Ethereum’s circulating supply – A ‘silly gotcha’ debate?
Ethereum has been enjoying one of its most active days in the market, with the crypto-asset’s price spiking on the charts after some time. Despite an active spot and derivatives market, however, the crypto-community on social media seemed to be besotted by one question only – Ethereum’s circulating supply.
According to Ethereum’s founder Vitalik Buterin, its circulating supply can only be roughly known, while other members of the community provided custom scripts, chain explorers, and third-party querying tools to highlight the supply. A few others, however, didn’t seem to mind as they were more invested in benefiting from a pumping coin. All said and done, there still remains no definitive answer to the question.
Naturally, the issue was a hunting ground for Bitcoin maximalists. According to Bitcoin proponent Pierre Rochard, the lack of concern from some Ethereum users stemmed from the pumping price of the digital asset. Rochard noted,
“Crypto went from “don’t trust, verify” to “Who cares – it’s pumping. I’m going to continue to focus on fundamentals, even if it’s not popular.”
This is not the first time, however, that Ethereum and Bitcoin communities have been at loggerheads with each other on questions such as this.
Interestingly, according to Andreas Antonopoulos, this was a “silly gotcha” debate, adding that the questions put forth by these Bitcoin proponents were not very useful in Ethereum’s context. Antonopoulos had previously in a Twitter thread explained the technical differences due to which the process of identifying the exact supply of Ethereum was different than that for Bitcoin.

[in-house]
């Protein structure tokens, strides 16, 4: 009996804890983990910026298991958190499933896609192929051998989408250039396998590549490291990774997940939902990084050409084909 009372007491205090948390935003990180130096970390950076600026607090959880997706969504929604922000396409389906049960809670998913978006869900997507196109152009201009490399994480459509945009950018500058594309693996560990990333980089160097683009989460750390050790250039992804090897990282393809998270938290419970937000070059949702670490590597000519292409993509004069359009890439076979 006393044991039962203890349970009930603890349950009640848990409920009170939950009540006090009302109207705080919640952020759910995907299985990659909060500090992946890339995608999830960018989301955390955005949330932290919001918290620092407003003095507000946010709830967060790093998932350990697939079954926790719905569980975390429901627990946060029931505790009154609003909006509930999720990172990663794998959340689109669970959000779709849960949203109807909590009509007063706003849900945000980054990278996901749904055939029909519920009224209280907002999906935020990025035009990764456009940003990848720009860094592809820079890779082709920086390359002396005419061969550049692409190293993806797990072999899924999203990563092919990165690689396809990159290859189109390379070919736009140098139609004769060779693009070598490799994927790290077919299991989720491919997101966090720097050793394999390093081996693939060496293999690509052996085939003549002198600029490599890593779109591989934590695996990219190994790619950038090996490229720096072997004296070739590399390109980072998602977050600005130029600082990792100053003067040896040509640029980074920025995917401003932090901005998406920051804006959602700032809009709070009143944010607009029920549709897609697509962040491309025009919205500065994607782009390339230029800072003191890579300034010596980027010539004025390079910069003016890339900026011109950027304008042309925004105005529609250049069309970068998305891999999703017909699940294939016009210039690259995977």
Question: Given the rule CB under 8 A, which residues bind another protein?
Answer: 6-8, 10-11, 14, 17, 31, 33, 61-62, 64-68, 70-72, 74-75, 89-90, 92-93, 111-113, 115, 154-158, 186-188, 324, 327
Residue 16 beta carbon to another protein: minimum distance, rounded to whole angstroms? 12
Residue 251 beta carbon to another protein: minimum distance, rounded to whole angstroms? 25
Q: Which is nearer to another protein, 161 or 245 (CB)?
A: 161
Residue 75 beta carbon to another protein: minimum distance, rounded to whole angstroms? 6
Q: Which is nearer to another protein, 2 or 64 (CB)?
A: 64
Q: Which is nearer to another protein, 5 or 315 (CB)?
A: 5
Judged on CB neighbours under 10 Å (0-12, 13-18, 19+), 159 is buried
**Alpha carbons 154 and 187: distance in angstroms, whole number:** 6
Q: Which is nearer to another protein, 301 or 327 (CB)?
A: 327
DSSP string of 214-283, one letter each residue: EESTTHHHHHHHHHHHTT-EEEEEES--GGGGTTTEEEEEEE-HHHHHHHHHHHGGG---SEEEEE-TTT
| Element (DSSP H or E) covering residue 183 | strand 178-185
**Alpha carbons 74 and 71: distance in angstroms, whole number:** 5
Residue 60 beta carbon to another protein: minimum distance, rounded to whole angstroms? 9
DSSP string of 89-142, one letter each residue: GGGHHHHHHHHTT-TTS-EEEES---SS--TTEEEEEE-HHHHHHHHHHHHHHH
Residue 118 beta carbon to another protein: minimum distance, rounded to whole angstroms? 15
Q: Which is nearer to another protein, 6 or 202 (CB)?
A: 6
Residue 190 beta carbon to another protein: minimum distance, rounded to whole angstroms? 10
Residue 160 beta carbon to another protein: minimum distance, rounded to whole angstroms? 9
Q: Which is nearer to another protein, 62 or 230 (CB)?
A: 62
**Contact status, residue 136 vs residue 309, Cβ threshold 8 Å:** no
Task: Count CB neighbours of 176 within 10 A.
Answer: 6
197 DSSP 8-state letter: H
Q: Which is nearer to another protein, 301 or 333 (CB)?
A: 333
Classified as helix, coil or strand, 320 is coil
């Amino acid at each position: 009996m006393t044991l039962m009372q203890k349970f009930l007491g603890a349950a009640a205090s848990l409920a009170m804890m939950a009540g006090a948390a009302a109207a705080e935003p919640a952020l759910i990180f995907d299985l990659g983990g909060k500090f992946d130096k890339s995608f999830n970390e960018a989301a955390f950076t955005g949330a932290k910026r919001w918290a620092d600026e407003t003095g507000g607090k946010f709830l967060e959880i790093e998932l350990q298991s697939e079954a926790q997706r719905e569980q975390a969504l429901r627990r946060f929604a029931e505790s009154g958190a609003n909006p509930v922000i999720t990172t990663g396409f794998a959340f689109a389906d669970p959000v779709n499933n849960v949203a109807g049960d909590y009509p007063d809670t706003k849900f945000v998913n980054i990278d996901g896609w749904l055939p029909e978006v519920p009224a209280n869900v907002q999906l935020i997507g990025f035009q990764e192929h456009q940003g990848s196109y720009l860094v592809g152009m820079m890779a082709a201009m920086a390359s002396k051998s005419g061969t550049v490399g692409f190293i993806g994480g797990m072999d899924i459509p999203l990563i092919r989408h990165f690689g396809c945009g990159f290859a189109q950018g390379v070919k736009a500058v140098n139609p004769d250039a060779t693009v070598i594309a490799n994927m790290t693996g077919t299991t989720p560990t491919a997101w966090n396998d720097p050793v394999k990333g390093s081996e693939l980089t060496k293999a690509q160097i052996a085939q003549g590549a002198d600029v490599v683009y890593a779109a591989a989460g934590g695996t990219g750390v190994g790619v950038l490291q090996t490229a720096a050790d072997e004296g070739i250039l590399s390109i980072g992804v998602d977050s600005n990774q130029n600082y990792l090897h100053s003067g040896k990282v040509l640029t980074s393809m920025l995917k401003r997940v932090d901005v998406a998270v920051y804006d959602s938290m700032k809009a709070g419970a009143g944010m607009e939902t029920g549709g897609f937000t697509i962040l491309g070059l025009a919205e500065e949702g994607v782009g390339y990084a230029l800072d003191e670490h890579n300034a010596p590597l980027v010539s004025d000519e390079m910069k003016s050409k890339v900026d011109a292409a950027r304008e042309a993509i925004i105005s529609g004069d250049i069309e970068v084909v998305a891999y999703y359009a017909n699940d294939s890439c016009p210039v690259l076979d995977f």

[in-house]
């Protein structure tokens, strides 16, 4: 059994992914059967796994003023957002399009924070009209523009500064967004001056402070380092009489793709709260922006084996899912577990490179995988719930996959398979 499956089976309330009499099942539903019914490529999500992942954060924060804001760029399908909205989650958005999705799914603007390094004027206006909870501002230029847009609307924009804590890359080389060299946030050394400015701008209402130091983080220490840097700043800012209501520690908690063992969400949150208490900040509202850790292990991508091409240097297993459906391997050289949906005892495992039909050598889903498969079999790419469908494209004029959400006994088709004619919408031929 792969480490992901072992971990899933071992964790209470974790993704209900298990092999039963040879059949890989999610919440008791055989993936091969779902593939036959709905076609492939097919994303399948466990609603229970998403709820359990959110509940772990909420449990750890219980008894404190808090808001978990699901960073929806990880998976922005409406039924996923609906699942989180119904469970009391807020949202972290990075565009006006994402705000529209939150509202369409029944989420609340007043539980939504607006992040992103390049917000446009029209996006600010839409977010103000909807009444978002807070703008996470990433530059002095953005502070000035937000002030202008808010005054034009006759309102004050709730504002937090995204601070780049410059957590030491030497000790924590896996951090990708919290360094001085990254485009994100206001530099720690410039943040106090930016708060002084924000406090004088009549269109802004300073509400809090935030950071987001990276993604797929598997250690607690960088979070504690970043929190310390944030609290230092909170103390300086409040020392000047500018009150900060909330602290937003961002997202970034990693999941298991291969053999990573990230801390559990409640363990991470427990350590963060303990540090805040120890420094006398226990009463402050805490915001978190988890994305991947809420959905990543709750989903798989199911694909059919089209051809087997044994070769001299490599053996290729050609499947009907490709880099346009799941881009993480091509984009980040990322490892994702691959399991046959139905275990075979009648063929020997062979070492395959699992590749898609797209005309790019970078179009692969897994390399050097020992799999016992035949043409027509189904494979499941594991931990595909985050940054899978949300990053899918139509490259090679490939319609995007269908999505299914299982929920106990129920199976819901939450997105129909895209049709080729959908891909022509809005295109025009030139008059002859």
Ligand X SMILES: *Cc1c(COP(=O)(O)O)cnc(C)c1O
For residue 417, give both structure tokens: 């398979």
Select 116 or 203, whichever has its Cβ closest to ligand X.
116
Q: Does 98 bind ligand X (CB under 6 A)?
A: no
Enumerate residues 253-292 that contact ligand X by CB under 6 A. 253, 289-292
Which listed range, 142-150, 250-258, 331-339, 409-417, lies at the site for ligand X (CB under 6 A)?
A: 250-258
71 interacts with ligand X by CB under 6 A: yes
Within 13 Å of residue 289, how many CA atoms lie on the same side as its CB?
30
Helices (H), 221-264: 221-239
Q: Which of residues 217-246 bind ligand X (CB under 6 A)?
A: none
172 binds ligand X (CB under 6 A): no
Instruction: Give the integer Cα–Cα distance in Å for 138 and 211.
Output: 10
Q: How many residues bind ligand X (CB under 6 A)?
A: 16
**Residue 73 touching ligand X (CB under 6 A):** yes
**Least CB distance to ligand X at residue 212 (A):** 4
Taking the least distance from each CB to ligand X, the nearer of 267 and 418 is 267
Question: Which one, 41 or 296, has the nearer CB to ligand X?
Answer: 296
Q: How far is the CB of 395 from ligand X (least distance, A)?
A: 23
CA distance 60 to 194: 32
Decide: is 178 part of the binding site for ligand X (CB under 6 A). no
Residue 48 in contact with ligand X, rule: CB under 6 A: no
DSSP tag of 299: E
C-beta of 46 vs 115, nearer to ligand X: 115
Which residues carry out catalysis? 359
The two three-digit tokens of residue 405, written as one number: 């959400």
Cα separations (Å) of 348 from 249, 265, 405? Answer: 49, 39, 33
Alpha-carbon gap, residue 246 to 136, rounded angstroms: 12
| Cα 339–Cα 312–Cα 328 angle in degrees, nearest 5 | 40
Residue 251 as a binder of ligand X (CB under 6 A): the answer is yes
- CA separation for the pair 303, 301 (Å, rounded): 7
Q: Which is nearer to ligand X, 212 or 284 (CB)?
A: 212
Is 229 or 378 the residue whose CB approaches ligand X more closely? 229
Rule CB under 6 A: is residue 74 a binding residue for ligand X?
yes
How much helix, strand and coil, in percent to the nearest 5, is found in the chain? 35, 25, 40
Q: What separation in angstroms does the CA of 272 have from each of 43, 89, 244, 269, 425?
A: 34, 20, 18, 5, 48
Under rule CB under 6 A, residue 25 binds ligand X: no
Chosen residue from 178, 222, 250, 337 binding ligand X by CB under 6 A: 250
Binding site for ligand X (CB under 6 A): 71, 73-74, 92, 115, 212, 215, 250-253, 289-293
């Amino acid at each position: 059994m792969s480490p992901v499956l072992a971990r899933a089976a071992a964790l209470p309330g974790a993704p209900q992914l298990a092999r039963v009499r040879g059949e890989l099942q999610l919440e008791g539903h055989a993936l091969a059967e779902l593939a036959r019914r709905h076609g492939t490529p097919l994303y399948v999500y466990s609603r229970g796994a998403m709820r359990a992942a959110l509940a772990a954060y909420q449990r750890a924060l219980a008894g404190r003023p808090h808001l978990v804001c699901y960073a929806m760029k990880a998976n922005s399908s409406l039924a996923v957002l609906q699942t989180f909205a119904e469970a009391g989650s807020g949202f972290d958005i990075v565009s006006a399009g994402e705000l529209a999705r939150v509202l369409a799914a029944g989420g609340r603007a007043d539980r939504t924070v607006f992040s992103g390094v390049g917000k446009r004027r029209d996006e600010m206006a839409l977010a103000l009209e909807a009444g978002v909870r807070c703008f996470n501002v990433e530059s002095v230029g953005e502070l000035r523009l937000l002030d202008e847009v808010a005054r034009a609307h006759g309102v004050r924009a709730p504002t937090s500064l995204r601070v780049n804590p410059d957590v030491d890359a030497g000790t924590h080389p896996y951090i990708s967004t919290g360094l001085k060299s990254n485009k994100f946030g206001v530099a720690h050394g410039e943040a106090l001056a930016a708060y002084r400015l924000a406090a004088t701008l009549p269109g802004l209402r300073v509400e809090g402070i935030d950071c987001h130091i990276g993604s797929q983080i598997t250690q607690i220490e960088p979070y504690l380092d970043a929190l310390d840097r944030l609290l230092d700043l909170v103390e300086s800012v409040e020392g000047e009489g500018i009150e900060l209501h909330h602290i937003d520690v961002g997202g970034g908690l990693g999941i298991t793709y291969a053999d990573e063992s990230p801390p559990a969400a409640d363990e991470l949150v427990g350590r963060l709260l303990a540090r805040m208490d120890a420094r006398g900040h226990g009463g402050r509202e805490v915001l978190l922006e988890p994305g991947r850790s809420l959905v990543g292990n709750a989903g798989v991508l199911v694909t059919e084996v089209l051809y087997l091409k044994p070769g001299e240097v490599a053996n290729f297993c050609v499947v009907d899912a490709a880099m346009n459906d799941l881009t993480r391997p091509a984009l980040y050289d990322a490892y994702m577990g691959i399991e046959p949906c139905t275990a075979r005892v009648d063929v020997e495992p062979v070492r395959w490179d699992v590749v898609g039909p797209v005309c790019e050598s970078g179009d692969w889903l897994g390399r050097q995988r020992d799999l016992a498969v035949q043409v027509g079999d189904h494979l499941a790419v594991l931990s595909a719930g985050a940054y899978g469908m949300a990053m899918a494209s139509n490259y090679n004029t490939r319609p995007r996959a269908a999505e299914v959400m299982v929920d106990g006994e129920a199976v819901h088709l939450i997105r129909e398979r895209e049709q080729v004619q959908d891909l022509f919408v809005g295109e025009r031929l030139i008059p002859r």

Further, during a podcast with Laura Shin, Antonopoulos had said,
“The difference is that because of a variety of factors that are different in Bitcoin than in Ethereum. In Bitcoin, there is a specific API method you can ask your node to give you the current sum. In Ethereum it is not easy to do that. That doesn’t mean there is no sum. That doesn’t mean that the sum isn’t validated or part of the consensus rules.”
The answers seem to be not easily accessible, and may also differ on how the user writes the script and the methodology used to come up with the answer. Alas, many like Rochard were quick to dismiss this, while underlining the importance of verifying and not simply trusting. In fact, he also shared Lucas Nuzzi’s recent report on Ethereum’s supply that noted that the figures closely matched with Etherscan’s.
Ultimately, this remains an important metric that needs to be understood by any community. Nuzzi highlighted the same, adding that ETH users may want to get in touch with their local Geth maintainer.
“After all, the need for strong supply assurances is why this industry exists!”